Impromptu Residency (Day 4)

Jul 6, 2018 / Photography / experiments

Maple Leaves
Maple Leaves. Experiments in Cyanotype Toning with Bleach


Day 4 was hard. The euphoria of this impromptu residency dissipated, and I sailed into the doldrums. I’m on a journey after all, and the wind kind of disappeared. You can read day 1, day 2, and day 3 here.

So what happened on day 4?

Bostick & Sullivan Cyanotype Toning Kit

I wanted to do one last experiment on toning. As I was rummaging through my cabinets during day 3, I forgot that years ago, I bought a Bostick & Sullivan cyanotype toning kit and never used it. So I decided to finally see what it can do.

Bostick & Sullivan Toning Kit
Bostick & Sullivan Toning Kit.


The toning kit comes in two bottles. Solution A is 14% potassium carbonate and Solution B is a 40% tannic solution. A quick google search revealed that both are essentially harmless: the first is used in making soap and food(!), and the second is something that can be extracted from tea.

So what were the results?

cyanotype paper toned from blue to yellow and brown
Experiment in Cyanotype Toning. Bostick & Sullivan Cyanotype Toning Kit


I had my value tables ready and I brushed one with just solution A. The alkaline potassium carbonate reacts with the iron in the cyanotype to produce a yellow color. I then went further and brushed Solution B (the tannic solution), which produced a brownish…purple? It’s looks like eggplant. There’s also a faded quality to it. Getting a really deep shadow will be difficult.

I compared the yellow produced by potassium carbonate vs bleach from day 2.

Experiment in Toning
Experiment in Toning. Bleach vs Potassium Carbonate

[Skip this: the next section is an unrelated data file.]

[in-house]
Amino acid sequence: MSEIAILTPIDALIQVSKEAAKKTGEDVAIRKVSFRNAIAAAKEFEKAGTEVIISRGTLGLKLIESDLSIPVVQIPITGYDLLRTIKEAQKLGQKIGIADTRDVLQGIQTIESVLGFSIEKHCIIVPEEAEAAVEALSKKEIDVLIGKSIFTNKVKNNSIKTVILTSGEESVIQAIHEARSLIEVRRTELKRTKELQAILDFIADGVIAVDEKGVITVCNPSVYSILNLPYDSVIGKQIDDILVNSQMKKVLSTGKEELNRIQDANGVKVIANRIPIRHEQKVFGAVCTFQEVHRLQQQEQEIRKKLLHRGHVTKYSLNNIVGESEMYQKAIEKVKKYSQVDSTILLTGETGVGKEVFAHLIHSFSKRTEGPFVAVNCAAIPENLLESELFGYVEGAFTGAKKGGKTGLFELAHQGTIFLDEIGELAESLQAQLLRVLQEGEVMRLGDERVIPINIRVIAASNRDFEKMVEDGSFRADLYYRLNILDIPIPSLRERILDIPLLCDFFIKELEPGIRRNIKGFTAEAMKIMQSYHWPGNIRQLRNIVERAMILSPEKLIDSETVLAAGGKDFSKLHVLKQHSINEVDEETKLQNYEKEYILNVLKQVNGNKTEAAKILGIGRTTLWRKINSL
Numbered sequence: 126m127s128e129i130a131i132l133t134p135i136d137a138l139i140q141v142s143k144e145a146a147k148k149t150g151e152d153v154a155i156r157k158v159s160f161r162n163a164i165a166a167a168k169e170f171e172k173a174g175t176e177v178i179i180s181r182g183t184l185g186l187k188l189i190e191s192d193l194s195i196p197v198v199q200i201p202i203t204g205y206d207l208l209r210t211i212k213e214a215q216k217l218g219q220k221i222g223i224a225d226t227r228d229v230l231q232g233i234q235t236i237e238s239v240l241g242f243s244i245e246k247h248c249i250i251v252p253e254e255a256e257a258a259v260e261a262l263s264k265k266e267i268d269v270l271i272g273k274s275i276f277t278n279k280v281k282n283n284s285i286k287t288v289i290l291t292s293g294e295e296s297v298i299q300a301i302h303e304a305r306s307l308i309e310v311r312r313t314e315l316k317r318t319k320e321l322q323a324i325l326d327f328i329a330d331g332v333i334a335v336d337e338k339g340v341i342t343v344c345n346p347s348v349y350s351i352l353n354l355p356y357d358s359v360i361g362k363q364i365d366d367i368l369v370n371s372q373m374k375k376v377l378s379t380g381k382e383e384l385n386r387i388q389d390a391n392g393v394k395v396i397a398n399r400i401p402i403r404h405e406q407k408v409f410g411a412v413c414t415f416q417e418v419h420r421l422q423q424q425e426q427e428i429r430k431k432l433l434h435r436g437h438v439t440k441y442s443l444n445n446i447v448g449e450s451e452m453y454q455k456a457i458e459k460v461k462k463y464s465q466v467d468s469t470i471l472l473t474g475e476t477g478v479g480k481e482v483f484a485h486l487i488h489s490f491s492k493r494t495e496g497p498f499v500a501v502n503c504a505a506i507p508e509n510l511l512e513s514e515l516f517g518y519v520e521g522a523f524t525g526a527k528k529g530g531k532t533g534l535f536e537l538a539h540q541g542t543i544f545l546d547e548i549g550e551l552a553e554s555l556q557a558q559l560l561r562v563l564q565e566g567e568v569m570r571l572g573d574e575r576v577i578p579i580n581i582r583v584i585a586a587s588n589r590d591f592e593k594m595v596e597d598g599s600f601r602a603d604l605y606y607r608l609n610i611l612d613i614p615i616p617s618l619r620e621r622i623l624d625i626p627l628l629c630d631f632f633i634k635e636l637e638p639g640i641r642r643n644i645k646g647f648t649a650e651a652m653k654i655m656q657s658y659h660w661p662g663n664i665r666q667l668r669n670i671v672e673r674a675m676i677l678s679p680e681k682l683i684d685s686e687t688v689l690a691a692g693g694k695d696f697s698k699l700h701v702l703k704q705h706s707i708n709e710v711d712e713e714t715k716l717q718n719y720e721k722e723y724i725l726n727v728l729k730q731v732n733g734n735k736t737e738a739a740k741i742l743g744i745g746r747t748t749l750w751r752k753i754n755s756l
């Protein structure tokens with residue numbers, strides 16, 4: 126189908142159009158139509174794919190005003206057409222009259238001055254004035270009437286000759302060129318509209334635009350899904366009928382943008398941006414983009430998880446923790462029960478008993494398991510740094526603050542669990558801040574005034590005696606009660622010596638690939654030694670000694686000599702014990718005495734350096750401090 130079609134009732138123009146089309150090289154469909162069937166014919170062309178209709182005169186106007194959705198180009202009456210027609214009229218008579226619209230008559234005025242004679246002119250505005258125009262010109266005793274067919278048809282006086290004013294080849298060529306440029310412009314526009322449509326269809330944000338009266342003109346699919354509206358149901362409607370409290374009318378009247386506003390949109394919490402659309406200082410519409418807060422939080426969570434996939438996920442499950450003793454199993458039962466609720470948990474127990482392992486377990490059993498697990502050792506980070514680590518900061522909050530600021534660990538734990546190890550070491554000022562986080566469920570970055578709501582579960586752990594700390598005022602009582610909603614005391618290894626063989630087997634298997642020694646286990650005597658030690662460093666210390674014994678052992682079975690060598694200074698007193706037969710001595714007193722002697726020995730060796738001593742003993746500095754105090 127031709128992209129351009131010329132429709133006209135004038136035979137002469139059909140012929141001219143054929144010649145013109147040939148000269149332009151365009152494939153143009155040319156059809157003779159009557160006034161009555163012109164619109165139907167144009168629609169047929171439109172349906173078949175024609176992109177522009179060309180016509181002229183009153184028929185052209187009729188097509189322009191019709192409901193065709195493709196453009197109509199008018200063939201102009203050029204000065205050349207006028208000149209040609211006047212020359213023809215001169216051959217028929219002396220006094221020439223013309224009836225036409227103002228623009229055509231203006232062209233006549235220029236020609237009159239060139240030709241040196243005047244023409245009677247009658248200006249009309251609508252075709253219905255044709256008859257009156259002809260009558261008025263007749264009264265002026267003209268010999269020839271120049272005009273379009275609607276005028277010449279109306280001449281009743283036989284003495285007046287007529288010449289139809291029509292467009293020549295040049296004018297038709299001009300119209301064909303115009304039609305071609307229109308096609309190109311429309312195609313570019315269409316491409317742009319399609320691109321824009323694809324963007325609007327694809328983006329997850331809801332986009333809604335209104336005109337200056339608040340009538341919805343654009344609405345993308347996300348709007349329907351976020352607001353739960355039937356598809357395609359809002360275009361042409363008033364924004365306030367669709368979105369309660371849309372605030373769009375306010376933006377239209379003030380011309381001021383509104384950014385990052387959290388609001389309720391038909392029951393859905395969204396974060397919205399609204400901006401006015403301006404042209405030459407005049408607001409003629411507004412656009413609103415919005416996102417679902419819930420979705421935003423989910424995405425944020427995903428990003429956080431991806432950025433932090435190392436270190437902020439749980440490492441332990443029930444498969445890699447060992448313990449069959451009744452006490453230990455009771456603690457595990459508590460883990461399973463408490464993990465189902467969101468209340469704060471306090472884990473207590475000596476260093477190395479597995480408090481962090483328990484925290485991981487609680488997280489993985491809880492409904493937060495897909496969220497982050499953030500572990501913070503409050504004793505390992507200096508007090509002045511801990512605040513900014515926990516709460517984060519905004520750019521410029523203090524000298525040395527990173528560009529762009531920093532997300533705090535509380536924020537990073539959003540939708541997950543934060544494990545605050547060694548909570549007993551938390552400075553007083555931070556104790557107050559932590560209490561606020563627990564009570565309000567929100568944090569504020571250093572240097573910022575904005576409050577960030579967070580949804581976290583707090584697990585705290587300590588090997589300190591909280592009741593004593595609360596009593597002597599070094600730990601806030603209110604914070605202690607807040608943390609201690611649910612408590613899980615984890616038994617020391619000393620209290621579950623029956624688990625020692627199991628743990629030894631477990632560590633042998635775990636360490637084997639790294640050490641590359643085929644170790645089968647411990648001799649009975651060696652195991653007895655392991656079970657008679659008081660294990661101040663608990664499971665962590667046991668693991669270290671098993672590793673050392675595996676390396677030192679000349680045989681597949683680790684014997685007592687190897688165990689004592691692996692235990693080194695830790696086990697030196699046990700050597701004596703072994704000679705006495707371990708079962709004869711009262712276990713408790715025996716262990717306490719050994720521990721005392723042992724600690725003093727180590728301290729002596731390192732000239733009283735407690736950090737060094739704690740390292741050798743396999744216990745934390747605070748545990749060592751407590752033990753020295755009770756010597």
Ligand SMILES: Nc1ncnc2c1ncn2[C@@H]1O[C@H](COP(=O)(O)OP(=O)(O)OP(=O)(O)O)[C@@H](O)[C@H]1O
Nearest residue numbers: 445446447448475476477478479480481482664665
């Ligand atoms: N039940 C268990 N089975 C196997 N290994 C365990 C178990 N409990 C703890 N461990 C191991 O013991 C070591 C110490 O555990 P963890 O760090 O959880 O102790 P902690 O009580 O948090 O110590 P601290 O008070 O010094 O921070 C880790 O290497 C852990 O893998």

The first one is toned with bleach and the second with potassium carbonate. They’re both yellowish. Maybe the tone produced by potassium carbonate is more green. This could also just be because of how long I toned each one. I actually prefer potassium carbonate as it’s odorless, unlike bleach.

More Toning Possibilities

At this point, I realize I could go on and do toning forever. There are many materials to try. People tone cyanotype with coffee, different types of tea, red wine, etc. Maybe in the future I will experiment with these. The holy grail for cyanotype is to produce black - for black/white prints. Red would be good as well. We need chemist-photographers.

Shooting Outside

I also did some shooting outside. The weather was muggy. This is when I hit the doldrums. I was just walking for about 2 hours.

I wanted to create an image incorporating what I’ve learned from my toning experiments this week. I was drawn to silhouettes of treetops and leaves.

Shooting Session of Treetops
Shooting Session of Treetops. Adobe Lightroom View, before downloading images


None really excited me. I was tired and my shirt was wet from the humidity.

Then I thought, I need something simpler.

I took some leaves and photographed them.

Back in the studio, I created a digital negative, contact printed it onto a cyanotype print previously toned with bleach from day 2.

The result is the headline image for this blog post. I still can’t believe this is cyanotype, it’s unlike any image I’ve created before.

That’s it for day 4!

For Day 5, I will be printing some potential images from Part III of A Million Suns, incorporating insights gained from the toning experiments this week.

Go back to day 3 or go forward to day 5.

About the Author

Jonah Calinawan

Hello! I’m Jonah Calinawan, and I create cyanotype art that makes you think and feeds the soul. I also blog about the quest for a meaningful life using art and positivity.

When not shooting photos or writing, I teach myself piano and recommend Josh Wright’s Propractice tutorials (affiliate link).

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May 2019 Studio Update
Impromptu Residency (Day 5)
Impromptu Residency (Day 3)

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